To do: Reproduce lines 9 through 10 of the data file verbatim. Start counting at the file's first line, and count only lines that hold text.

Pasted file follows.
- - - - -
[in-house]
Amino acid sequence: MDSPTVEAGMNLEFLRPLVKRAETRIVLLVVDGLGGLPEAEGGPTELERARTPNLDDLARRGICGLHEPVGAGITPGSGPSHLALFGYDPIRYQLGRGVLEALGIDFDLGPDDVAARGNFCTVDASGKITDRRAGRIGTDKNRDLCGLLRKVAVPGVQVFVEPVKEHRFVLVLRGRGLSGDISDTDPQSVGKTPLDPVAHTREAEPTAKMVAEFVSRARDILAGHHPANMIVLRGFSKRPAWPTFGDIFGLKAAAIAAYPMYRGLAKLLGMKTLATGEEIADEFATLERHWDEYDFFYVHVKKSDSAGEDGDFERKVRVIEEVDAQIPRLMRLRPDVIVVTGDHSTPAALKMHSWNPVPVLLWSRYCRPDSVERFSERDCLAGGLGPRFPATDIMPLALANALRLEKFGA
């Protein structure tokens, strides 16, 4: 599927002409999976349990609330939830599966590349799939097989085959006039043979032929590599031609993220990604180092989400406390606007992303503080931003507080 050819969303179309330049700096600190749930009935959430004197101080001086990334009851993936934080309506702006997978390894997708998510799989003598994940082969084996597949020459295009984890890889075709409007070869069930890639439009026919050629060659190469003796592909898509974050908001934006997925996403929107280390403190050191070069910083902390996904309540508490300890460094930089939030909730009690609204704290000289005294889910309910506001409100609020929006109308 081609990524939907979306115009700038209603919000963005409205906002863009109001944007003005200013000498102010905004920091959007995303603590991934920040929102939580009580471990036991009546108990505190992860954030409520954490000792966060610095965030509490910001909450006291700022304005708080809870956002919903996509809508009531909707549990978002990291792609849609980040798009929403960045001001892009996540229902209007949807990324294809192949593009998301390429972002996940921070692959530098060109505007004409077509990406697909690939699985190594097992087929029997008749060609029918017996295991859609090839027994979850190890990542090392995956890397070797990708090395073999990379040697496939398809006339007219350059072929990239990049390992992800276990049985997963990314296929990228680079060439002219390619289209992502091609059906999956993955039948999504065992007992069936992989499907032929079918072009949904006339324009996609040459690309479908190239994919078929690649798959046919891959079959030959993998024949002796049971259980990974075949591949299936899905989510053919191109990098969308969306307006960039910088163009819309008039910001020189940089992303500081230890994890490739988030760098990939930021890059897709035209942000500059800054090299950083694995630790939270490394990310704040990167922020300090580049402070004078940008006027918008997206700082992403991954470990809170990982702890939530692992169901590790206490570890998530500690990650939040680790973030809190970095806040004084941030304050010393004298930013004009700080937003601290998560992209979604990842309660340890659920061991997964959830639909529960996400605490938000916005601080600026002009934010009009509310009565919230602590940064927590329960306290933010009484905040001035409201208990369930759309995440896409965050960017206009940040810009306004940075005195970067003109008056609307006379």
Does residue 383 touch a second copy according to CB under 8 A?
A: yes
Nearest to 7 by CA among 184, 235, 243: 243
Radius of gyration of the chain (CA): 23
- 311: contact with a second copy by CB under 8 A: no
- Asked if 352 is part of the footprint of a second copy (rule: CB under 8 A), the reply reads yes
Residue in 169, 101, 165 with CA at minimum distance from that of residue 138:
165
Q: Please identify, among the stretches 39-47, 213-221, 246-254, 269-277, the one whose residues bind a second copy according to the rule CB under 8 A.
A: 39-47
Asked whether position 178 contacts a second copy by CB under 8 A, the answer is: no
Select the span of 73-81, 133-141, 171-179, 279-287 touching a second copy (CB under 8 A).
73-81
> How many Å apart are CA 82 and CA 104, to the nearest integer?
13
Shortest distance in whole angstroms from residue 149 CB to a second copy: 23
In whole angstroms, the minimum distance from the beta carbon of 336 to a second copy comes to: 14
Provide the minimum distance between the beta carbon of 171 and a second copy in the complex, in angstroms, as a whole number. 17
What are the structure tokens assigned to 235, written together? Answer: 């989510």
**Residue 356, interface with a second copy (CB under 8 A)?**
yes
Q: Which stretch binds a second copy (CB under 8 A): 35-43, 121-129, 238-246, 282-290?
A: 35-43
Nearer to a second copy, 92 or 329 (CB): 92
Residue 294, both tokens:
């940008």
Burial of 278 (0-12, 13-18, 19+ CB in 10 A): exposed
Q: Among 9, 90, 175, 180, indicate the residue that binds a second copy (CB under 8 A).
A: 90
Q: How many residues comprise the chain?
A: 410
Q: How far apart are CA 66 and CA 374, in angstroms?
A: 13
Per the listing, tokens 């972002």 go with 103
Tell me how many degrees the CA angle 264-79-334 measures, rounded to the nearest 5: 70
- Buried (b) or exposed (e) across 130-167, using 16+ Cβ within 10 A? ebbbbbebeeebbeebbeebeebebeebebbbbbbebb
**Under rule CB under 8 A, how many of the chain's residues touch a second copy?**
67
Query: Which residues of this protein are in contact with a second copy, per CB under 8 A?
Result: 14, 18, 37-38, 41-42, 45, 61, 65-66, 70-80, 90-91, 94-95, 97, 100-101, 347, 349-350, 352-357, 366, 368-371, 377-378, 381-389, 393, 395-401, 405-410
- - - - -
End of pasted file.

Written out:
- Asked if 352 is part of the footprint of a second copy (rule: CB under 8 A), the reply reads yes
Residue in 169, 101, 165 with CA at minimum distance from that of residue 138: